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Neighbor to Neighbor: Immigrants are welcome, but we need regulations

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Over the years, I have tried to call to the attention or political officials and the general public, current and potential dangers, as did many others. Sometimes momentary interest was expressed and sometimes criticism was immediate. As the saying goes, “None is so deaf as he who will not hear.”

The June 28, 2001 issue of this newspaper carried one such column written by me. In it I wrote: “Congress and our former President, (Johnson) have made it possible, and in fact, have encouraged floods of people coming to our area without first providing means for housing, schools, sanitary facilities, language training, or acquainting them with laws they should know, or familiarizing them with customs that are important to U.S. citizens including respect for our country and our flag. Congress seems to be closing eyes and ears to the vox populi, saying this situation is unfair to all concerned - except, maybe, the politicians who are garnering the votes they have sought without regard to the people or, more importantly, the country.”

In spite of much previous support indicated in my columns for people of many different national backgrounds, (often those who are merchants in my area), I was accused of being “anti-immigrant.” Another TimesLedger columnist, who is an immigrant who writes appreciatively about what this country has afforded him and others, felt I had been “unfair” and said, “Condescending attitudes and generalizations hurt everyone.”

I was not the only one who had tried to convince people to be prudent. Mayor Giuliani, in his wise efforts to try to minimize the possibility of a ground attack on vital parts of the city by terrorists, was roundly criticized by some members of the New York City Council. The critics now are silent...at least temporarily.

Shortly before that infamous Tuesday, September 11, 2001, I read that my Congressman was preparing to welcome as many new immigrants as possible, legal or illegal, even after noting that crime would probably increase, as would problems with education, housing, health and infrastructure, Why is there such a rush to create more trouble before we have learned to control the problems we have already? Before President Johnson signed the “Immigration Reform Act” that had been voted by Congress as quietly as they had voted their own raises from time to time, immigrants were still welcomed to this country. They were not, however, scooped in. They were given health checks and, in fact, were turned away even if they had pink eye, a highly contagious conjunctivitis.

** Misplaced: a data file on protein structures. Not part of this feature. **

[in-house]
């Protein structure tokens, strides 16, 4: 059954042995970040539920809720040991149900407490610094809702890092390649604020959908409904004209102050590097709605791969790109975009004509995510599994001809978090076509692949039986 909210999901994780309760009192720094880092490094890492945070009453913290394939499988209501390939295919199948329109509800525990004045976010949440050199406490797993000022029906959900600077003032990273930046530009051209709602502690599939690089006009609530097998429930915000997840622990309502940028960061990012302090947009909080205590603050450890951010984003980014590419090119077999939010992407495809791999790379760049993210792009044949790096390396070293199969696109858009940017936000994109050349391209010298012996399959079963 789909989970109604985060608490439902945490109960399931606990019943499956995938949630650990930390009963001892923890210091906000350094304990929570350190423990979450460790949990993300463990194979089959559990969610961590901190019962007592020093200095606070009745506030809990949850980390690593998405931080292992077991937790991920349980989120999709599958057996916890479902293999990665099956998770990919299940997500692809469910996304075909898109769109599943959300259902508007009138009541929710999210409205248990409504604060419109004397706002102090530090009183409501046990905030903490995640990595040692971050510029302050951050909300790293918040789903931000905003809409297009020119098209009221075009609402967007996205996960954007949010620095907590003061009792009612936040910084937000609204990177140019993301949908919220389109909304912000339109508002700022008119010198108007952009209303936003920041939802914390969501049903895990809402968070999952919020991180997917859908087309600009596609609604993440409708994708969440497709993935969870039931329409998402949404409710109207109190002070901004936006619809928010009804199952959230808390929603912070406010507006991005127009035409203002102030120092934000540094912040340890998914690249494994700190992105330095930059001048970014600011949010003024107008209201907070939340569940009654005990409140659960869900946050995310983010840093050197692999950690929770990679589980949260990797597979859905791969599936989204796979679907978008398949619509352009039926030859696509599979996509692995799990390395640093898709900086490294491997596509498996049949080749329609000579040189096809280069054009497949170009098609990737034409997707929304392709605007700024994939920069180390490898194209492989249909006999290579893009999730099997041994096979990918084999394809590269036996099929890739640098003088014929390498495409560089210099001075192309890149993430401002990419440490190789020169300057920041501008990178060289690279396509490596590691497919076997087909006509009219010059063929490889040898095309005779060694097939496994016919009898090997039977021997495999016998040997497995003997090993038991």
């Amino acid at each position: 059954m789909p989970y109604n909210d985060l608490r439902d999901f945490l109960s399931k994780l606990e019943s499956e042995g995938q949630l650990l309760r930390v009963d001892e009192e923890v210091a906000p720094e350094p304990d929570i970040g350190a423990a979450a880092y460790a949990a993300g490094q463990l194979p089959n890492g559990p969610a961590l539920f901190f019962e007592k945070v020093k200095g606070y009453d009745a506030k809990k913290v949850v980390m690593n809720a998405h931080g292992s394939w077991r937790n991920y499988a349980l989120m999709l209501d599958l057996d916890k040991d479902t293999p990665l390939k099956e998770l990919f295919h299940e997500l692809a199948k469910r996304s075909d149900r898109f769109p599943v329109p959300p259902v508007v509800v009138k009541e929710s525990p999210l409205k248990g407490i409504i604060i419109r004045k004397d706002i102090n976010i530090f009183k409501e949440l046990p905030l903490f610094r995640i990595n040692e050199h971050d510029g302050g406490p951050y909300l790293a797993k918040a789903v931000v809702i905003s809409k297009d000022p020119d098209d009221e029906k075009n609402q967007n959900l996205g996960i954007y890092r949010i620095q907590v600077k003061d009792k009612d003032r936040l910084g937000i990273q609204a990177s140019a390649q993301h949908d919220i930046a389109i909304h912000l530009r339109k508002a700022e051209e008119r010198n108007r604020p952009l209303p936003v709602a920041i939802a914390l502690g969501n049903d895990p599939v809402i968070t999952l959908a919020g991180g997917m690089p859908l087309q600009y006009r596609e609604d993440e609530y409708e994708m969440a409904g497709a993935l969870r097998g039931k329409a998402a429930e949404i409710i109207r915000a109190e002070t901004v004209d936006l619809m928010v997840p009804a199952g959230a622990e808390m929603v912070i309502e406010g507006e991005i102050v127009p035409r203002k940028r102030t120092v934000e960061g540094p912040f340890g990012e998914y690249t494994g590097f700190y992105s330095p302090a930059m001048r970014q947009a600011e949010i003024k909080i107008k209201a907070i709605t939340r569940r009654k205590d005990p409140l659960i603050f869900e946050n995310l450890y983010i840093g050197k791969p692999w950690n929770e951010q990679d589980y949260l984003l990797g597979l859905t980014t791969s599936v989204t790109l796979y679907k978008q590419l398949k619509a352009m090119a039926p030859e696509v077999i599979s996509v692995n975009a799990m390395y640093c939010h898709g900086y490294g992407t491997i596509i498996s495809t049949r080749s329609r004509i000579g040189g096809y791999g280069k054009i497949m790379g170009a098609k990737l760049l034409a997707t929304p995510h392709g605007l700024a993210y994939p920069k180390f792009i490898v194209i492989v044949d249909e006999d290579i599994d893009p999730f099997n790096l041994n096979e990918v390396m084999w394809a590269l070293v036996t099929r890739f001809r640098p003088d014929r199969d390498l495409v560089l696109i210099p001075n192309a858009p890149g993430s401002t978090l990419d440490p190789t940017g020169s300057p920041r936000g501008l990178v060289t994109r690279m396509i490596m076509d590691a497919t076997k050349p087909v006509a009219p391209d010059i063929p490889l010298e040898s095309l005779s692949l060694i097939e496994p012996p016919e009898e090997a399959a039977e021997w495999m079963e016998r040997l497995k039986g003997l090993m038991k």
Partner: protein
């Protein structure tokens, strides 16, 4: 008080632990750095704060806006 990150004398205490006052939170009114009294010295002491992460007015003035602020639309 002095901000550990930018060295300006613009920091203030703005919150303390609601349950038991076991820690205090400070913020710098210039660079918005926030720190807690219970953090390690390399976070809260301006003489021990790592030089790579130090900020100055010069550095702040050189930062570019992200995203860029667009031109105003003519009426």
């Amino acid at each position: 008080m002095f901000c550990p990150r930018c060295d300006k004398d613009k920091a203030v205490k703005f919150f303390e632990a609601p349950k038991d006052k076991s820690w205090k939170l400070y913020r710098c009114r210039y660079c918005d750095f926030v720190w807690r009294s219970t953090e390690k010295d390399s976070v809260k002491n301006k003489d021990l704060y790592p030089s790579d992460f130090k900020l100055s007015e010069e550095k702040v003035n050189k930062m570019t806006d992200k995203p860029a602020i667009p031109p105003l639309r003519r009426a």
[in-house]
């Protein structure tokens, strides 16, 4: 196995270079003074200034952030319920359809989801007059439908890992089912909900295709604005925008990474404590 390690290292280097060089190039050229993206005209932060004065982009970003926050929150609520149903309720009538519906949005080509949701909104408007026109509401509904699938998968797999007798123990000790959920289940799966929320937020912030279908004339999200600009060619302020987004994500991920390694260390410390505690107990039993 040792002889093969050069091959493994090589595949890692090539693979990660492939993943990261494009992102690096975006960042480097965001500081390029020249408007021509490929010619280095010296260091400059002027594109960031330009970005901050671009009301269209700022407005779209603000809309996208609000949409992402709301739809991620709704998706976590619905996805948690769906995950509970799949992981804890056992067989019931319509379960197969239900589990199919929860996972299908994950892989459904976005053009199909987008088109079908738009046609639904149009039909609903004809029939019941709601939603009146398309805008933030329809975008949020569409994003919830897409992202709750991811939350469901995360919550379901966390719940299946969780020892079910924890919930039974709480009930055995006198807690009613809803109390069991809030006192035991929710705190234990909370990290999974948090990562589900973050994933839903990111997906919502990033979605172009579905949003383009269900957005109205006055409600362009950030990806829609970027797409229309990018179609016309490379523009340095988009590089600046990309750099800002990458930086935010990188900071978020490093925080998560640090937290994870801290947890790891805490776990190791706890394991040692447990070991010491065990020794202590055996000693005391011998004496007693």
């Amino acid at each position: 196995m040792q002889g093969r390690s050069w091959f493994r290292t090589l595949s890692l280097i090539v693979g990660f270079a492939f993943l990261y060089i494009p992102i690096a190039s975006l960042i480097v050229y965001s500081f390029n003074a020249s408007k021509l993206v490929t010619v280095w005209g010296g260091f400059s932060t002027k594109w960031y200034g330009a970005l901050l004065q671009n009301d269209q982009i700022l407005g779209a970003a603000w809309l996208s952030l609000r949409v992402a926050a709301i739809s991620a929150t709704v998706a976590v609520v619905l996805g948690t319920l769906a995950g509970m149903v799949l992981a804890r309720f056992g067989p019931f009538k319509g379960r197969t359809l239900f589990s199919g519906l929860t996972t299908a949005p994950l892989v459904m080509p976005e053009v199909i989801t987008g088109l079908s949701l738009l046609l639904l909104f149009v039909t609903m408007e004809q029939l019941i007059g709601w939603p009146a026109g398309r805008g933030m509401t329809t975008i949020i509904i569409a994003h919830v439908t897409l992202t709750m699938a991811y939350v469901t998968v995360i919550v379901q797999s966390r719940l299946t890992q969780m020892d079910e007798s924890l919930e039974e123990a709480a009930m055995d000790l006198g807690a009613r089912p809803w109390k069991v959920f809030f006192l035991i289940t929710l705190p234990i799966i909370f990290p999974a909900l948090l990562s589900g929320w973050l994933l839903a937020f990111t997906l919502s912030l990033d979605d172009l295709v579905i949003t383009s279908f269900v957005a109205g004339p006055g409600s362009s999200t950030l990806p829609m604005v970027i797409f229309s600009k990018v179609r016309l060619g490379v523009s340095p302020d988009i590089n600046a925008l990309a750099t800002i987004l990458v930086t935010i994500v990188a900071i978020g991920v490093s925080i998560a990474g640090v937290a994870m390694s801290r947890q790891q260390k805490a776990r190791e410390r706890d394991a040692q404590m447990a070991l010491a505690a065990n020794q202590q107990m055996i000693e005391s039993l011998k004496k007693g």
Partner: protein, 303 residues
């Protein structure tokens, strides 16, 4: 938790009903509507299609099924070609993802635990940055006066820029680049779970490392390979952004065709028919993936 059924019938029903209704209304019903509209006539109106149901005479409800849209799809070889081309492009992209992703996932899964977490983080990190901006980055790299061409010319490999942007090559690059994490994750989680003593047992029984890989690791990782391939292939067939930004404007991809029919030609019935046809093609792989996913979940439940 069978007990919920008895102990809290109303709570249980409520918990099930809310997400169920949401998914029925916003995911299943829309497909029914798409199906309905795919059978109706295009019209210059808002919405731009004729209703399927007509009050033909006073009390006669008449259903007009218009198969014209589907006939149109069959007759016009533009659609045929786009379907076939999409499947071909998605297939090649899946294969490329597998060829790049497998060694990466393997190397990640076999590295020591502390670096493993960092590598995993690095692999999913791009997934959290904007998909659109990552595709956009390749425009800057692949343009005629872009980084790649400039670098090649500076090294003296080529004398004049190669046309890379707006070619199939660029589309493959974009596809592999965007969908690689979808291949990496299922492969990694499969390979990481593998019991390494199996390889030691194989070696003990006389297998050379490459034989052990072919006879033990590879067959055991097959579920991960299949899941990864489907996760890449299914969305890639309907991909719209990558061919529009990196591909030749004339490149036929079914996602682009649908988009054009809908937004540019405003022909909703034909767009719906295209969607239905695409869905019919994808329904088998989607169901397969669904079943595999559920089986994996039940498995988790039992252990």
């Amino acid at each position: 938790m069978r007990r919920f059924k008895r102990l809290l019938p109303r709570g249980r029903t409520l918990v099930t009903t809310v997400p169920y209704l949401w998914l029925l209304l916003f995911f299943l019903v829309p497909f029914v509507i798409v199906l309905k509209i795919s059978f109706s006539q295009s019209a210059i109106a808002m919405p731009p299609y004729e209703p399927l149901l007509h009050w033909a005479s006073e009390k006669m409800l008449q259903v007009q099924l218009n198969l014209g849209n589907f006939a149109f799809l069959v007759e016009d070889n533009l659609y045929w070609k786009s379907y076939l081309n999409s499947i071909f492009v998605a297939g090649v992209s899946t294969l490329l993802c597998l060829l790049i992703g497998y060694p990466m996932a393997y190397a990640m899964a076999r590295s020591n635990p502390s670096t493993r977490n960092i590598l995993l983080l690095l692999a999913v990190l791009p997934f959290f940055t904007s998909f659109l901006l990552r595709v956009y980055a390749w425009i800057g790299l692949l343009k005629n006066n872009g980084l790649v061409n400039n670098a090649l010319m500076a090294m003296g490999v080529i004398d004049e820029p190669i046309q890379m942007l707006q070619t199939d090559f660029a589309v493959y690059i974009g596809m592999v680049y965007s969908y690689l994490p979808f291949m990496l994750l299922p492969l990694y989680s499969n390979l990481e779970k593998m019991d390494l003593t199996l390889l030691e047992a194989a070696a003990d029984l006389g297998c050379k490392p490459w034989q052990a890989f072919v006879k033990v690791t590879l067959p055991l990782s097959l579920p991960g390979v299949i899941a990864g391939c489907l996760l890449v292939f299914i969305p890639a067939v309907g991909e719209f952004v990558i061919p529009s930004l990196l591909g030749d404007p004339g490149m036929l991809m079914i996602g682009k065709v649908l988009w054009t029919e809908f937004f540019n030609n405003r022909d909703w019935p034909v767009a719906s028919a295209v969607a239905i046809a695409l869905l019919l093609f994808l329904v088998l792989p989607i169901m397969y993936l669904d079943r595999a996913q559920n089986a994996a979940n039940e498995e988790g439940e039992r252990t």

One recent night, while I was waiting for the bus, a stranger started a conversation, telling me that he had contracted tuberculosis two years ago while serving in an African army. He admitted that it was highly contagious but thought he was free of it now because his lung had been removed.

I walked back into the hospital I had just left and told some of the staff but, of course, they were as frustrated as I was at that point.

As for crime, before the Immigration Reform Act, those who wanted to come here were identified at port of entry with a number and with a court number. They had to pass background checks. They had to have a sponsor who would ensure the person had adequate housing and support. They were encouraged to learn the things they would find helpful and necessary about our language and customs.

Now, this country has been horrifically violated because some very wicked people came here, were welcomed, and were even taught by unwitting instructors how to help try to destroy the country, the city and many of the people that citizens and immigrants loyal to this country hold dear.

We need dedication to the protection of this country and its people.

And we need the help of the Higher Power.

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